Marietta denies request to build 206 rental units near Kennestone Hospital

A developer is pitching a mixed-use development for Marietta that would create more than 200 residential units.

Credit: City of Marietta

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A developer is pitching a mixed-use development for Marietta that would create more than 200 residential units.

Credit: City of Marietta

A mixed-use development project that received resident pushback will not move forward in Marietta.

SK Commercial Realty pitched a five-story residential building near Kennestone Hospital that would include more than 200 apartments and townhomes. Rob Hosack, the developer’s attorney, tried to sell the project as a draw for healthcare workers who want to walk to work, but the Marietta City Council didn’t see that as a viable argument, especially given the number of neighbors against the project.

“What stops (these units) from being rented by people who don’t work there (at Kennestone), and so your purpose will never be met,” Councilwoman Cheryl Richardson said during Wednesday’s council meeting. “... It appears to me that this is just hope. You’re hoping that the right people move there.”

The unnamed development project was proposed for 16 small parcels along North Avenue, Roselane Street and Burnap Street. The site, which is primarily vacant commercial property, spans less than three acres and is located about a half-mile away from Kennestone.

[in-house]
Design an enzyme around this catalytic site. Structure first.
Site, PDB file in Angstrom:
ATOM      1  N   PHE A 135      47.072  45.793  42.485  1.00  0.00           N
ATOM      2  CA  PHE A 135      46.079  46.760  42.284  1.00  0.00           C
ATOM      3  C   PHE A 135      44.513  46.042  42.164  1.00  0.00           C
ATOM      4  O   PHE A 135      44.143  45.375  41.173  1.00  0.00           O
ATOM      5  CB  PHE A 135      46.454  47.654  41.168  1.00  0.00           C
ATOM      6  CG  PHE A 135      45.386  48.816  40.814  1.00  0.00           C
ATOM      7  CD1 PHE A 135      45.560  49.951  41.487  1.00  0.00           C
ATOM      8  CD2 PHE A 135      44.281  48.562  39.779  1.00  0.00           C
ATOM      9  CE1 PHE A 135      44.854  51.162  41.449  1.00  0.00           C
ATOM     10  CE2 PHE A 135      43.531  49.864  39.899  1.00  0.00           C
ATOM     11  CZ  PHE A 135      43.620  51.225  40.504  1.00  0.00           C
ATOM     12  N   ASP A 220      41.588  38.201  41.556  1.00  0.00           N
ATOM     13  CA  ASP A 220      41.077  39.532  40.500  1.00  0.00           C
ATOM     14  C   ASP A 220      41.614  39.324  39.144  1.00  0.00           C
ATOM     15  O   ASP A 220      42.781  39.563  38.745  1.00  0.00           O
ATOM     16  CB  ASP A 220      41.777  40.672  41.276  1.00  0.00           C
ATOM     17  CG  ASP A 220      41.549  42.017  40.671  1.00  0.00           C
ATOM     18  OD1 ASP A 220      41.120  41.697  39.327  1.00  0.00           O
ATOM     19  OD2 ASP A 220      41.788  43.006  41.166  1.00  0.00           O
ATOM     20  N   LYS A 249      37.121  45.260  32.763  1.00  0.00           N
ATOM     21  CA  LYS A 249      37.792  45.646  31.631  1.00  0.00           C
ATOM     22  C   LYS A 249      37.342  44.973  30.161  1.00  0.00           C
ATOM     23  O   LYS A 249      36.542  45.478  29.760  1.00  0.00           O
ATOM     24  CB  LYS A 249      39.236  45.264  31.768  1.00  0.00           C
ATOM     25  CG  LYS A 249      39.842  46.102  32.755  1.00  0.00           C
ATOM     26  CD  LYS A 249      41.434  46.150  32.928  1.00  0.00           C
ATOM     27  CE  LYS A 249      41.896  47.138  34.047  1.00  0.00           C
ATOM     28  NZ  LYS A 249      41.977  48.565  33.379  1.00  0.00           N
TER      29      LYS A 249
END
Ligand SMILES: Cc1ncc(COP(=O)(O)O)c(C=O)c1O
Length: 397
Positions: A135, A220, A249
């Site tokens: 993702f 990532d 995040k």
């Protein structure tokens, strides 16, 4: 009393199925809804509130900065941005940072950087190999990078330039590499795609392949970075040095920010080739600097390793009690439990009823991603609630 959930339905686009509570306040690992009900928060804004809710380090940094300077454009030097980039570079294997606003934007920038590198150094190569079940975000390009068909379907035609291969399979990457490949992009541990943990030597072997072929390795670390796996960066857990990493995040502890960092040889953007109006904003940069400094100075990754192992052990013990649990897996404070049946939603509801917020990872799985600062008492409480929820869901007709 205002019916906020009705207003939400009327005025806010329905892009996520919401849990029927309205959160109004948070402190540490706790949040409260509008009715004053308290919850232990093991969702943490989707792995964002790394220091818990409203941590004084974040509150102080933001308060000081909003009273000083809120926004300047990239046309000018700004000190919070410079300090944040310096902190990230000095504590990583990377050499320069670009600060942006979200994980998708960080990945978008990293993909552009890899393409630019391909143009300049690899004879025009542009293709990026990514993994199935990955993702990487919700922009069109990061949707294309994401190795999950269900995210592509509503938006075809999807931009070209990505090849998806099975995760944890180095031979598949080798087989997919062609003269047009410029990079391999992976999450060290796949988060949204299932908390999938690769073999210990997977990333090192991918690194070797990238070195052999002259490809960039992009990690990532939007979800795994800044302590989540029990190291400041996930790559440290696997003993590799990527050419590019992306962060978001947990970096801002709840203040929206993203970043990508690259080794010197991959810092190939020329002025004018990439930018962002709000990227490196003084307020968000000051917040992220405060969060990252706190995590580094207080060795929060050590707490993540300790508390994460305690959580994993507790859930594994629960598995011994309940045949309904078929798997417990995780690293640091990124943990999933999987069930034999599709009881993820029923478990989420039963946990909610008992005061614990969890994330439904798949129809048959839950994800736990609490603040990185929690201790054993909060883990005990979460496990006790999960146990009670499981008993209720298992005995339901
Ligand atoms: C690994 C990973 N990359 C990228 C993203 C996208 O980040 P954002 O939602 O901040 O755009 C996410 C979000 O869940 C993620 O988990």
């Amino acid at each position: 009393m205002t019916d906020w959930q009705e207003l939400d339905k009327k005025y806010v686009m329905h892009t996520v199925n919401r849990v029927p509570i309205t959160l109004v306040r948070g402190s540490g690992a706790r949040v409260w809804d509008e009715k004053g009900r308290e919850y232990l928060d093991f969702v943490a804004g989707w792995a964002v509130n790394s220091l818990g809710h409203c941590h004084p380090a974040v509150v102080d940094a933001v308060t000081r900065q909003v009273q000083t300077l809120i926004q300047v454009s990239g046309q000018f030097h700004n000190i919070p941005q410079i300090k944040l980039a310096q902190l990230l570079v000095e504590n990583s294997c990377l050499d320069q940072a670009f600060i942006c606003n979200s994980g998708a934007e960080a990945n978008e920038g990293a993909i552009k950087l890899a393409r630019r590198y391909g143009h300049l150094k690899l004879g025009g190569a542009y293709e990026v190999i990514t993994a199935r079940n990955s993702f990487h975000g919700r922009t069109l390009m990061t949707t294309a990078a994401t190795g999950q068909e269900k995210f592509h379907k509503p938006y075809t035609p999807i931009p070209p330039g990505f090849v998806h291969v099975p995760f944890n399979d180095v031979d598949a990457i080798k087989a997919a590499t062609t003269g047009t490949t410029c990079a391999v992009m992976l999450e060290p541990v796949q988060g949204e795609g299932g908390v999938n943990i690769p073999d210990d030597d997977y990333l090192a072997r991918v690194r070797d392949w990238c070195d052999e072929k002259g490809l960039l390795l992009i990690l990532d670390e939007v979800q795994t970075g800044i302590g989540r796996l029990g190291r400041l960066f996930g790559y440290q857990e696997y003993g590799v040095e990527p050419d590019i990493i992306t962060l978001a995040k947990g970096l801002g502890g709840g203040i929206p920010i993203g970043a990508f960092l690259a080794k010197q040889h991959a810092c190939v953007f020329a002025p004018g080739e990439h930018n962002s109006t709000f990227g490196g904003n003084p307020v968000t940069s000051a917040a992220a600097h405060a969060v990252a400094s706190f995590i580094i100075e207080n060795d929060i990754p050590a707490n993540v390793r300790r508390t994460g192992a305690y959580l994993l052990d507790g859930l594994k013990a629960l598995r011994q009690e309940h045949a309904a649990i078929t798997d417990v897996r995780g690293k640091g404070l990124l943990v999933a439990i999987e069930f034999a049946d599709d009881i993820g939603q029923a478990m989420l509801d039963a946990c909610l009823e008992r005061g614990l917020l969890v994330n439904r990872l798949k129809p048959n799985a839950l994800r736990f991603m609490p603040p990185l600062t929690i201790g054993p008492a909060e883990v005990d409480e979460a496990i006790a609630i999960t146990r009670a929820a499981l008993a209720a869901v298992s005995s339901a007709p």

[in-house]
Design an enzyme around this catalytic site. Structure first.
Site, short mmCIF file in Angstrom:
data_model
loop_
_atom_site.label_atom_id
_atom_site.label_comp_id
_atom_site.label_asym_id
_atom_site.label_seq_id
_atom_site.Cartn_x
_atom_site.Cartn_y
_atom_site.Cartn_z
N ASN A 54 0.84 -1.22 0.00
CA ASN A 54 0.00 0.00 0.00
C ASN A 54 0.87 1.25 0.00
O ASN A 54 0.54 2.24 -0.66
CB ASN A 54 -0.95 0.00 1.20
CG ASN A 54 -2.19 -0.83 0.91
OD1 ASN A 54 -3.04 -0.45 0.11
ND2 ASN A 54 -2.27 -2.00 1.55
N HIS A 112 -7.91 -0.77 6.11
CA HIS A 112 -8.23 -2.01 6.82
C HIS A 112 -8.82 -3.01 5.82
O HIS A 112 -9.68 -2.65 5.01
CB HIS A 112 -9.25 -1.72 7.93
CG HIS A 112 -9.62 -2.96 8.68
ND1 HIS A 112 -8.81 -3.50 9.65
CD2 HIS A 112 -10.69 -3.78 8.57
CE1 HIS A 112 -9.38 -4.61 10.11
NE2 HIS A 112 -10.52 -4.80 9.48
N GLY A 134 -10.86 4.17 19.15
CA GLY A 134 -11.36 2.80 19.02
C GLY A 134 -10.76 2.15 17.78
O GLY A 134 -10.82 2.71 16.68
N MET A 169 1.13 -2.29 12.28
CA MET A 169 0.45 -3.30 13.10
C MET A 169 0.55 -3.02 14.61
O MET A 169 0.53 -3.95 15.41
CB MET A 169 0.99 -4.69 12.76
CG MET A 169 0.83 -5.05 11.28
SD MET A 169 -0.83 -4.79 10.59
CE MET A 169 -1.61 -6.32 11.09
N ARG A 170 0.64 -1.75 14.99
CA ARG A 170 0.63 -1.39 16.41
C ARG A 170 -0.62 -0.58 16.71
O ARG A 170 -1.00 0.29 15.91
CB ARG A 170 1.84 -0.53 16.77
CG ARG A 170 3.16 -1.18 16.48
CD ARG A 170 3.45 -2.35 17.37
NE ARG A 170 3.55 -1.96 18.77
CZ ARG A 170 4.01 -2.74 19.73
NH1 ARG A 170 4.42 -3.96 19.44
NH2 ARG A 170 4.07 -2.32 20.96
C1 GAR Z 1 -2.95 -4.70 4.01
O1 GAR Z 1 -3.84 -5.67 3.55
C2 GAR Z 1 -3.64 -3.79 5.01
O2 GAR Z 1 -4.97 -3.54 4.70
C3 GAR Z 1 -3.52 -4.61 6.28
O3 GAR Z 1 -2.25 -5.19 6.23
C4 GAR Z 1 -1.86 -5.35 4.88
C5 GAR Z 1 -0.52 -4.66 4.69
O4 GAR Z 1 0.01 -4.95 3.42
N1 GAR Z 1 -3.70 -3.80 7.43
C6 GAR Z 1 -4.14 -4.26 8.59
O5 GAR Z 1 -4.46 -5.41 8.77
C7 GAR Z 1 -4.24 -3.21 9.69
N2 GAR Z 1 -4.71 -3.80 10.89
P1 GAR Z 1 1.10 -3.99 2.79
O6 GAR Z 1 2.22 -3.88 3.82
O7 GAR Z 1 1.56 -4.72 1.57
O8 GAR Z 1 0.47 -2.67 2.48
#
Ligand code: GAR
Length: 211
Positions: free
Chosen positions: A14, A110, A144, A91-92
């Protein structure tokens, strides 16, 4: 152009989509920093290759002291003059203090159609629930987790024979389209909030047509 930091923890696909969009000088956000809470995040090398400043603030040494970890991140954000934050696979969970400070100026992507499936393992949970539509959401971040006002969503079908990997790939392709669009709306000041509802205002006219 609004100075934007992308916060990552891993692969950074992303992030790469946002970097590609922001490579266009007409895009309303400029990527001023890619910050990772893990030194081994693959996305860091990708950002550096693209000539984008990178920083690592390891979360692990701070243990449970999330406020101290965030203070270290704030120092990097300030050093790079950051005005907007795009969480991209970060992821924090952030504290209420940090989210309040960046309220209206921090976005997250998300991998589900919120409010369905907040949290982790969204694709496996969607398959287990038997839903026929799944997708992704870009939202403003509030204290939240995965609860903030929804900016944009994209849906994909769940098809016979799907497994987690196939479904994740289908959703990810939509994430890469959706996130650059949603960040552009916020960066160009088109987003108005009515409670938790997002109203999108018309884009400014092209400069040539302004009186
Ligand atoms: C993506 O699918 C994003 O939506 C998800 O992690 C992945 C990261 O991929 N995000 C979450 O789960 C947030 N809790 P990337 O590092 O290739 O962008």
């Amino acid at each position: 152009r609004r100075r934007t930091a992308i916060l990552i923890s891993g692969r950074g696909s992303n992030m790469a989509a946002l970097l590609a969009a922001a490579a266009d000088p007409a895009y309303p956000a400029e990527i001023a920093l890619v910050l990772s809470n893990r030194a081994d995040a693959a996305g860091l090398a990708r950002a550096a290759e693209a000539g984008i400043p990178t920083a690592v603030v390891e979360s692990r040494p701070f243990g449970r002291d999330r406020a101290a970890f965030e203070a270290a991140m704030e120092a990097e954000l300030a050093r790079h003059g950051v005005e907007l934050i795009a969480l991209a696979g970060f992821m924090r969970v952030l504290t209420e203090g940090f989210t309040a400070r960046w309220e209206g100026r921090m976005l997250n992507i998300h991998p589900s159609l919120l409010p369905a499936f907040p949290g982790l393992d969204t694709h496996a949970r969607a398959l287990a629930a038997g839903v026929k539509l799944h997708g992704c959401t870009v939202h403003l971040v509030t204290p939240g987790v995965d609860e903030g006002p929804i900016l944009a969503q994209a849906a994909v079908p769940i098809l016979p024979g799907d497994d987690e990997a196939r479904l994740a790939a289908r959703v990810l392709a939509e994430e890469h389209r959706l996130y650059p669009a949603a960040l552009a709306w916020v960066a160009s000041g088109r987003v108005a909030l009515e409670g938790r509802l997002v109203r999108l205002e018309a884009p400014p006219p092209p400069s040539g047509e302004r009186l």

“It is striking how much vacant land is available for development in such a seemingly prime commercial and residential area,” the Cobb County-based developer said in paperwork submitted to the city.

The company’s vision included 206 units consisting of 10 two-story townhomes and studio, one- and two-bedroom luxury apartments. Roughly 14,000 square feet of medical office space was also included in the proposal.

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During the public comment portion of the meeting, several residents spoke against the development, citing traffic, density and aesthetic concerns.

“It’s just kind of mindboggling to us that we could consider that many apartments on this small amount of land,” said Rick Springfield, who spoke on behalf of the property homeowners association for the nearby McLaren Gates Townhomes.

Janice Hoover, another resident, complained about the three variances requested by the developer. Marietta doesn’t allow mixed-use developments on tracts smaller than five acres and only 5% of mixed-use residential units can be rentals. The developer wanted to make every unit a rental.

“These are big asks,” Hoover said. “... There are no other developments in our neighborhood that are 100% rental. This is a complete reversal of the city’s ordinances.”

The council unanimously voted to deny the developer’s rezoning request, killing the project and receiving a round of cheers from those attending the meeting.